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  1. #1
    CC Grandmaster Lonesome Earl's Avatar
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    While looking at how racism is defined, I came across this thought-provoking piece:

    The first thing you really need to understand is that the definition of racism that you probably have (which is the colloquial definition: "racism is prejudice against someone based on their skin color or ethnicity") is NOT the definition that's commonly used in anti-racist circles.

    The definition used in anti-racist circles is the accepted sociological definition (which is commonly used in academic research, and has been used for more than a decade now): "racism is prejudice plus power". What this means, in easy language:

    A. Anyone can hold "racial prejudice" -- that is, they can carry positive or negative stereotypes of others based on racial characteristics. For example, a white person thinking all Asians are smart, or all black people are criminals; or a Chinese person thinking Japanese people are untrustworthy; or what-have-you. ANYONE, of any race, can have racial prejudices.

    B. People of any race can commit acts of violence, mistreatment, ostracizing, etc., based on their racial prejudices. A black kid can beat up a white kid because he doesn't like white kids. An Indian person can refuse to associate with Asians. Whatever, you get the idea.

    C. However, to be racist (rather than simply prejudiced) requires having institutional power. In North America, white people have the institutional power. In large part we head the corporations; we make up the largest proportion of lawmakers and judges; we have the money; we make the decisions. In short, we control the systems that matter. "White" is presented as normal, the default. Because we have institutional power, when we think differently about people based on their race or act on our racial prejudices, we are being racist. Only white people can be racist, because only white people have institutional power...

    http://stuffwhitepeopledo.blogspot.c...ne-racism.html
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  2. #2
    Batoutahelius road runner's Avatar
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    Quote Originally Posted by Ian Murray
    While looking at how racism is defined, I came across this thought-provoking piece:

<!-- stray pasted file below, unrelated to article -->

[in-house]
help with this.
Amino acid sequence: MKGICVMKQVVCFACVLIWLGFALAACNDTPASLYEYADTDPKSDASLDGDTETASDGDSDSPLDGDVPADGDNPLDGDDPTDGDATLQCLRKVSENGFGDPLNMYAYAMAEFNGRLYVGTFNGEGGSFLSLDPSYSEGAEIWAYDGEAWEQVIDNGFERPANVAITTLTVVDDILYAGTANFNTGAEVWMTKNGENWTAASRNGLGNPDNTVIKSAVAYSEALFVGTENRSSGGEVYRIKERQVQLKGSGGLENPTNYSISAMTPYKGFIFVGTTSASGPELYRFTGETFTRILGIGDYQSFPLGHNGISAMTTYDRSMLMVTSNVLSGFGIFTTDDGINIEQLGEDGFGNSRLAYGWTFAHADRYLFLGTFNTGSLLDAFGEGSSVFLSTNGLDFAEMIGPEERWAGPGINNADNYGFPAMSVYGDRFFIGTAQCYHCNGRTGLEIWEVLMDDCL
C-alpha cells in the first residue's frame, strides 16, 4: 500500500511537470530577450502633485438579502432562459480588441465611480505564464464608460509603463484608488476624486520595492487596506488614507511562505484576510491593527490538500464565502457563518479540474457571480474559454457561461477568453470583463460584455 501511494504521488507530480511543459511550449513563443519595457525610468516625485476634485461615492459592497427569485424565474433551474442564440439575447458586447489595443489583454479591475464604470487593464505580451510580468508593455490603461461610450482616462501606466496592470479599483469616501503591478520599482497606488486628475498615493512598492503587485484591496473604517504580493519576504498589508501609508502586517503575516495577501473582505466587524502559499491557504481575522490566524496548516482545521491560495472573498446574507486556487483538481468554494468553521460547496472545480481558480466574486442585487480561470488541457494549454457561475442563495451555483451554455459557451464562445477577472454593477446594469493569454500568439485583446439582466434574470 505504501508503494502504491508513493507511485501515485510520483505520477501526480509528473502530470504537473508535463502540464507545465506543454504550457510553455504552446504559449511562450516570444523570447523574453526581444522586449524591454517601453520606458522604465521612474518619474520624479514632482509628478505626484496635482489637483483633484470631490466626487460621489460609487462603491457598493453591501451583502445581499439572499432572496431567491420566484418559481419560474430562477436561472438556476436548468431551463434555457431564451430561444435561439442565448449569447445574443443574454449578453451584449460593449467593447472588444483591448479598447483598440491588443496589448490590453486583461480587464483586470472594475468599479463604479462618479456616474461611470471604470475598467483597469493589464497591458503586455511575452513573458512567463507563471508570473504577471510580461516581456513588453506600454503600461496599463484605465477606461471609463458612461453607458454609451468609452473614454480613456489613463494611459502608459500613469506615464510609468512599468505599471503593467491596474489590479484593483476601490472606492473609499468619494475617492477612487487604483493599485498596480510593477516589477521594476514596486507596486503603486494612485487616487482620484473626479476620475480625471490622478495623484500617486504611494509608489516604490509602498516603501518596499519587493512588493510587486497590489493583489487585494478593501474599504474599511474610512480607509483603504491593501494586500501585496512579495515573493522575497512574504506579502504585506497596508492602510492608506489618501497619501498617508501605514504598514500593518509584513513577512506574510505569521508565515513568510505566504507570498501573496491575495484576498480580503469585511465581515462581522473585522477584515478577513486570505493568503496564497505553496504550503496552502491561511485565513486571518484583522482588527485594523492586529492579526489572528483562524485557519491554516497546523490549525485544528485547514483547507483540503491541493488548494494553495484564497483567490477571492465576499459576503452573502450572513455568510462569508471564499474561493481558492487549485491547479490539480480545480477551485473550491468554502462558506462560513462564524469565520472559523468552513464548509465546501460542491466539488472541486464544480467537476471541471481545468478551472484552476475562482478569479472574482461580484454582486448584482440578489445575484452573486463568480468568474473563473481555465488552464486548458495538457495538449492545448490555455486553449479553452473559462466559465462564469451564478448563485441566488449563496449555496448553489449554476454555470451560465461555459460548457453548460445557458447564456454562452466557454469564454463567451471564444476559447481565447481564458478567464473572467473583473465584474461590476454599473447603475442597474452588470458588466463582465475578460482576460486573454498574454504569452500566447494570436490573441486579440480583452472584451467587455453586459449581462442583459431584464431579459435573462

The first thing you really need to understand is that the definition of racism that you probably have (which is the colloquial definition: "racism is prejudice against someone based on their skin color or ethnicity") is NOT the definition that's commonly used in anti-racist circles.
    What are "anti-racist circles"?
    meep meep

  3. #3
    Reader in Slood Dynamics Rincewind's Avatar
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    Sounds like the definition above relates to institutionalised racism rather than individual racism. Of course an individual may be a part of institutionalised racism and perhaps when we describe someone as a racist we should use the term bigot instead. Both terms are used interchangeably here which leads to some confusion when we say for example "Is America a racist country?" or "Is Jesse Jackson a racist?" we mean two different things. Only the first relates to institutionalised racism.
    We may define “faith” as a firm belief in something for which there is no evidence. Where there is evidence, no one speaks of “faith.” We do not speak of faith that two and two are four or that the earth is round. We only speak of faith when we wish to substitute emotion for evidence. - Bertrand Russell

  4. #4
    CC Grandmaster Capablanca-Fan's Avatar
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    Quote Originally Posted by Ian Murray (quoting an article)
    The first thing you really need to understand is that the definition of racism that you probably have (which is the colloquial definition: "racism is prejudice against someone based on their skin color or ethnicity") is NOT the definition that's commonly used in anti-racist circles.